As Miami Heat fans region-wide scramble to snag last-minute merchandise and pray for triumph in tonight’s NBA Finals, businesses from sports bars to downtown hotels are already chalking up Game 7 between Miami and San Antonio as a win. Entrepreneurs including commissioned artists and apparel designers are also cashing in.
Here’s a look at three local businesses that will declare this season a victory:
Artist Erika King’s towering collages depicting Heat stars like Dwyane Wade and LeBron James are a bold indicator of where the team stands in her livelihood (as well as her heart.) King has been creating collages for the Miami Heat for 15 years, selling them for $15,000 to $30,000 each. Sales spiked this season: she has been commissioned to complete six collages.
Each contains newspaper clippings and photos of players crouching before shots, sprinting down the court and rejoicing after winning plays. Those pictures blend into a canvas smudged with bursts of rusty red, subdued gold and vibrant blue.
Never miss a local story.
“Taking pictures and juxtaposing them in a way that’s meaningful tells a story,” she said.
Previous clients include the Florida Marlins and legendary Dolphins quarterback Dan Marino. Heat President Pat Riley has also commissioned a King collage.
When power player LeBron James was rookie-of-the-year in 2003, King crafted his official collage. She’s also become good friends with the family of Dwyane Wade, another Heat superstar.
“They’re my boys,” she said. “You get so attached to them. Plus, basketball is such an exciting sport,” King said.
During Game 6, she nearly had to leave the bar where she watched it. “It made me sick,” she said of the suspense.
Though King plans to make a collage for the Spurs in the near future, both she and her agent Cash McMahon have already started preparing for a Heat victory.
“I don’t want to think about the Spurs winning,” McMahon said. “We’re all about the Heat.”
Doral-based apparel company Peace Love World is also prematurely prepping for triumph.
“We’ve started designing championship shirts,” said Alina Villasante, the company’s head designer and owner.
Her sports merchandise merges the soul of the person with the loyalty of the fan, she said. At the end of the day, it’s about the game — which means it’s about the Heat.
“Miami is my backyard. I’m a season-ticket holder, and usually whatever person or team you associate the clothes with experiences the same connection,” she said. “The difference here is that the Heat is my team.”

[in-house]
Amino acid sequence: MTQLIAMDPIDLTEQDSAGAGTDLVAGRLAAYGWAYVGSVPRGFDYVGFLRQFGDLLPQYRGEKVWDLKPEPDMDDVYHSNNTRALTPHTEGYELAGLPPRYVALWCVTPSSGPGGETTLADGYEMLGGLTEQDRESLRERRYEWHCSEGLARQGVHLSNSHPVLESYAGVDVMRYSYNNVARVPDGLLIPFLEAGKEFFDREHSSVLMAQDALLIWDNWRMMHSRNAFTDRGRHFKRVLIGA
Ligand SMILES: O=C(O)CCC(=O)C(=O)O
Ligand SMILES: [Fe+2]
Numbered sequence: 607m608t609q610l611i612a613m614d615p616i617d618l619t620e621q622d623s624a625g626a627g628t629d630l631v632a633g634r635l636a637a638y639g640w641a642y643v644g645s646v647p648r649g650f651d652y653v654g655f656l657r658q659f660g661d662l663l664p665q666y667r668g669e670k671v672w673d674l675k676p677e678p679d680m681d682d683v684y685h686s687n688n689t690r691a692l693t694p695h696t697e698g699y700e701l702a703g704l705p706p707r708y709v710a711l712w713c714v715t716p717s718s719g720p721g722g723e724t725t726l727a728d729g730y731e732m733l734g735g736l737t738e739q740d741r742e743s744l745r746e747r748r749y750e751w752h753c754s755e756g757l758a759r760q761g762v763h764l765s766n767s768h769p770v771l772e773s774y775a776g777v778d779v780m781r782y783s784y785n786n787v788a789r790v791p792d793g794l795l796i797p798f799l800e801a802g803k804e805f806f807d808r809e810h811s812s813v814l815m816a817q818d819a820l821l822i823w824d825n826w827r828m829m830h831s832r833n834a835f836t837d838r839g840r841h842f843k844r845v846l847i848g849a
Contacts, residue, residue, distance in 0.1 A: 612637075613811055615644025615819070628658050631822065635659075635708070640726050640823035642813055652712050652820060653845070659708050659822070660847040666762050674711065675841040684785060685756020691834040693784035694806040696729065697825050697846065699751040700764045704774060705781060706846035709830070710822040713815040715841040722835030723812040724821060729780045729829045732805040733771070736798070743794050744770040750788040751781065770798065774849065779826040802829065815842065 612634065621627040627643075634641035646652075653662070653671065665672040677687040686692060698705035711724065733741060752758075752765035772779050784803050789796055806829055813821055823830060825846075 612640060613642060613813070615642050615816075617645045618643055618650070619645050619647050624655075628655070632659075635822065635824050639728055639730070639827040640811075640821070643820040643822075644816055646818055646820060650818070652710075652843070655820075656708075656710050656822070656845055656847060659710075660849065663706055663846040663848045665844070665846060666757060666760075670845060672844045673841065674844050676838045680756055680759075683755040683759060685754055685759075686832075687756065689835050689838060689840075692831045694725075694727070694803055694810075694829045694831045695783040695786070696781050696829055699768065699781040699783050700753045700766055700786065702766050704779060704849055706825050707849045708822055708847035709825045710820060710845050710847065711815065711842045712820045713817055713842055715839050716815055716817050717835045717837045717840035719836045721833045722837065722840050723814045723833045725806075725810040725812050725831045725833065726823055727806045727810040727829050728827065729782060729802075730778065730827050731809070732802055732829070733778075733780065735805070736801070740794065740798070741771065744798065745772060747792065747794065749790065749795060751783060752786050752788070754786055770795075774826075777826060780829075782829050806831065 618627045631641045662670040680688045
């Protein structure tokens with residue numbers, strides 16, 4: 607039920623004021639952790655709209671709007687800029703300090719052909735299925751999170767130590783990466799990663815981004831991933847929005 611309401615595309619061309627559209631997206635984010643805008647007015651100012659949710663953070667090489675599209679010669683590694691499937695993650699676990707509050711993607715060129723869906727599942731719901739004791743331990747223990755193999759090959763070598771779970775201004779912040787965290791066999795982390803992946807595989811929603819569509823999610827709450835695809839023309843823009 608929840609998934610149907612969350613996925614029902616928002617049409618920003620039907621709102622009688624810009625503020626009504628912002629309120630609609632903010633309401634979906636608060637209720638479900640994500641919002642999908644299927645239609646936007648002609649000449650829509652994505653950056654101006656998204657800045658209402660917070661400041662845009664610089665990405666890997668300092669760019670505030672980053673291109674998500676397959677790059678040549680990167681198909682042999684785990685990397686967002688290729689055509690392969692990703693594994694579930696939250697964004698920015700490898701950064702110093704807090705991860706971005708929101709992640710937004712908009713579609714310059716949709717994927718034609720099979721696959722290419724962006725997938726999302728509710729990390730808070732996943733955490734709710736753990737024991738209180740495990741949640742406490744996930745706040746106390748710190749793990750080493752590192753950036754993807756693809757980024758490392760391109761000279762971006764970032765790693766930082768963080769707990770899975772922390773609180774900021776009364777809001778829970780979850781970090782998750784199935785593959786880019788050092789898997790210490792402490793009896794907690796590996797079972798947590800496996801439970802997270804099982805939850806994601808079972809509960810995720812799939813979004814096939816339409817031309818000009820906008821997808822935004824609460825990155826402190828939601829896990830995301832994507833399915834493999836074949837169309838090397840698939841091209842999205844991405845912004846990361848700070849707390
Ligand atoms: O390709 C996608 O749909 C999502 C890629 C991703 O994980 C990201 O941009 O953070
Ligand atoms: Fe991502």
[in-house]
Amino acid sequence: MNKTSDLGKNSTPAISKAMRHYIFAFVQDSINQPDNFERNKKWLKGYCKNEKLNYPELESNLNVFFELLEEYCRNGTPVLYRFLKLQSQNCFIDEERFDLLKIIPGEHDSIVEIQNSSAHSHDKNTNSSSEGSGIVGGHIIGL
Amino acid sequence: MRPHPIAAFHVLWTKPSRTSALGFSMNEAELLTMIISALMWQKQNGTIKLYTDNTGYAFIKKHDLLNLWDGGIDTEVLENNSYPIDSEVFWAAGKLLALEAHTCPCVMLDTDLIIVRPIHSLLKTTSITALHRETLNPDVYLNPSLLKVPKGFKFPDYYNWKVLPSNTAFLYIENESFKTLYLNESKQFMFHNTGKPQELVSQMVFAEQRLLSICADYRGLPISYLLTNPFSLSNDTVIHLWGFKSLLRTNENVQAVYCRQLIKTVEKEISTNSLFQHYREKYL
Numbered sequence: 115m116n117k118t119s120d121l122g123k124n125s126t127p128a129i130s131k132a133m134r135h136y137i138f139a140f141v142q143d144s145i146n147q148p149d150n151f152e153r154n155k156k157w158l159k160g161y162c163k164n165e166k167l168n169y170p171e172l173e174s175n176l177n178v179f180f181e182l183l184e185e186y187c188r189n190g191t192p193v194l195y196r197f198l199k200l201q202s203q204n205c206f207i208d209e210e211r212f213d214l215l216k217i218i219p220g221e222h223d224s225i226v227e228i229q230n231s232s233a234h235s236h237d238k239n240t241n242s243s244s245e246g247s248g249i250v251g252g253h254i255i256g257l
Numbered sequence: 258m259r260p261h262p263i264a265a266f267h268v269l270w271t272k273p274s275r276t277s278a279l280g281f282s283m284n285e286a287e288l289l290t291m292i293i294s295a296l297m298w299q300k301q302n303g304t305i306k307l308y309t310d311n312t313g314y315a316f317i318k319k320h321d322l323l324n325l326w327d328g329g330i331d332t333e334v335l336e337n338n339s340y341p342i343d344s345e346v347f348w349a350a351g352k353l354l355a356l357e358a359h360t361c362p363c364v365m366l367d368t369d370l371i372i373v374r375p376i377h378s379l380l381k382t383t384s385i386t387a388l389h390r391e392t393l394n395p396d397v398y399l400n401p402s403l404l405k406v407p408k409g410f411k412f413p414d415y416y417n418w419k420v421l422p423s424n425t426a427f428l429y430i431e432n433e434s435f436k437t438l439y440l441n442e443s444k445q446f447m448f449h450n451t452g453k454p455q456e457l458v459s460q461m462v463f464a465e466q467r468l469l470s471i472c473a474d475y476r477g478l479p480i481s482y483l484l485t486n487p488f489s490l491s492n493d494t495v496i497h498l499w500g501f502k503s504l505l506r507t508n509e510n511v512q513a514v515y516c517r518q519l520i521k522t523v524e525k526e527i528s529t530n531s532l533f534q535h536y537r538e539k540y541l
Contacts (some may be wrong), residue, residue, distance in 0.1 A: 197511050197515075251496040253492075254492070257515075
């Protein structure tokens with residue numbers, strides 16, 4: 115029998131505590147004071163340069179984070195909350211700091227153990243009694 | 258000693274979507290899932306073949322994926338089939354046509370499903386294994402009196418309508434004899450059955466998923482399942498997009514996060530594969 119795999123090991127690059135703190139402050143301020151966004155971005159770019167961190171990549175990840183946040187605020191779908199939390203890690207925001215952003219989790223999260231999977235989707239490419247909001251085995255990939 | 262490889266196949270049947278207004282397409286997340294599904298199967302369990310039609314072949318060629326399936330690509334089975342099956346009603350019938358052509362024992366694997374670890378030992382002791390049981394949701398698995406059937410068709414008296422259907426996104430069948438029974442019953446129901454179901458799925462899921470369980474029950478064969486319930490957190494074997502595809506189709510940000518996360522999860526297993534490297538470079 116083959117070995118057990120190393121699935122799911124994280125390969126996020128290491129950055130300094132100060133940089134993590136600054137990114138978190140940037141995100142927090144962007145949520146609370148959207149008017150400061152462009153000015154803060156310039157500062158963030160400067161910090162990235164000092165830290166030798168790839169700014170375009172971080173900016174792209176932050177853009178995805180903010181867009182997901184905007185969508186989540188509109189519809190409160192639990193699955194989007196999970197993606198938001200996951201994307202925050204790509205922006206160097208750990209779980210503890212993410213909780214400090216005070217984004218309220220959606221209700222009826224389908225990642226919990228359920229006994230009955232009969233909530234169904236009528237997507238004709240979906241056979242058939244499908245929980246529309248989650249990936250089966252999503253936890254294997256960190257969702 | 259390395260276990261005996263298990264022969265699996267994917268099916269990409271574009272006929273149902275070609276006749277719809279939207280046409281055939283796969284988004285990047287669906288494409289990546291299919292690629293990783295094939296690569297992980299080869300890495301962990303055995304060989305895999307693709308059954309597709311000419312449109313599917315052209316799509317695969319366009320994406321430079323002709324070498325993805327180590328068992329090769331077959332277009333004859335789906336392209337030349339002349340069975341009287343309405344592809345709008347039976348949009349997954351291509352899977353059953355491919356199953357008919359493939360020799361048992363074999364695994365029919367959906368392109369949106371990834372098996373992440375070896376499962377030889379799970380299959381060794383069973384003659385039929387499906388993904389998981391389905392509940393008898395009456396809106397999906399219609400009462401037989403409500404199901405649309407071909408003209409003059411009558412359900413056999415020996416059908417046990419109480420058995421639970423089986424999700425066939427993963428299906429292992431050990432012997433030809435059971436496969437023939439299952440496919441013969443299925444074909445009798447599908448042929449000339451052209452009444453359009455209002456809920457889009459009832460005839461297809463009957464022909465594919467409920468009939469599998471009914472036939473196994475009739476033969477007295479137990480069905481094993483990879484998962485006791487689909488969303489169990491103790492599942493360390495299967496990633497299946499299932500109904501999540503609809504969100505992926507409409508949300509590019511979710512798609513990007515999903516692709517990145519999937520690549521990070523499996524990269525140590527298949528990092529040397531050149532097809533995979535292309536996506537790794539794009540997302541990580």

Just before the finals kicked off, Villasante’s daughter sneakily posted the “Peace Love Heat” shirt design on Instagram with out her mother’s knowledge. Though Villasante wanted to be mad, phones started ringing off the hook with customers clamoring for the shirts, which sell for $35 and up.
“I scraped up the warehouse, gathered anything white, thought up five designs and sent them off,” she said.
Orders haven’t stopped since. “We’ve sold thousands,” Villasante said.
The shirts are offered exclusively at the Miami Heat Store at the AmericanAirlines Arena. “We get calls constantly from people who want to buy the shirts from our other stores around Miami, but you can’t buy them anywhere but the arena. That has created some chaos,” Villasante said.
Team merchandise helps create what Ruby Newell-Legner refers to as the “fan experience.”
Newell-Legner, owner of Colorado-based consulting business 7 Star Service, coordinated with the Miami Heat’s guest services department to improve the arena experience.
If a staff member tenderly bends to ask your son or daughter about their favorite Heat player, then hands them a free memento, thank Newell-Legner.
If a security guard doesn’t get gruff with you about tossing your beer before entering the arena, thank her again. And if the concession stands offer gluten-free granola or fruits and veggies as an alternative to grease-laden stadium snacks, know that it’s Newell-Legner’s doing.
Her job is to make comfort a lot easier for the ordinary game-goer.
Over the past two decades, Newell-Legner has worked with 26 professional sports teams and has trained guest relations staffs in venues that have hosted the Super Bowl XLI, the 2010 Olympics and the 2008 U.S. Open. When she first coached the AmericanAirlines Arena employees in 2006, prior to the Heat’s championship, she said she realized that the arena staff lacked energy and worked with supervisors to promote a positive experience for both front line staff members and the fans.
When emotions run hot between home-team fans and away-team fans, employees are responsible for maintaining a good environment, she said. That’s where she comes in.
She works to develop customized training programs that streamline communication and keep attitudes upbeat. “The moments between staff and fans should be engaging,” she said. “We don’t want you to think that we’re just here to take your money.”
This story reflects corrections to a version previously posted.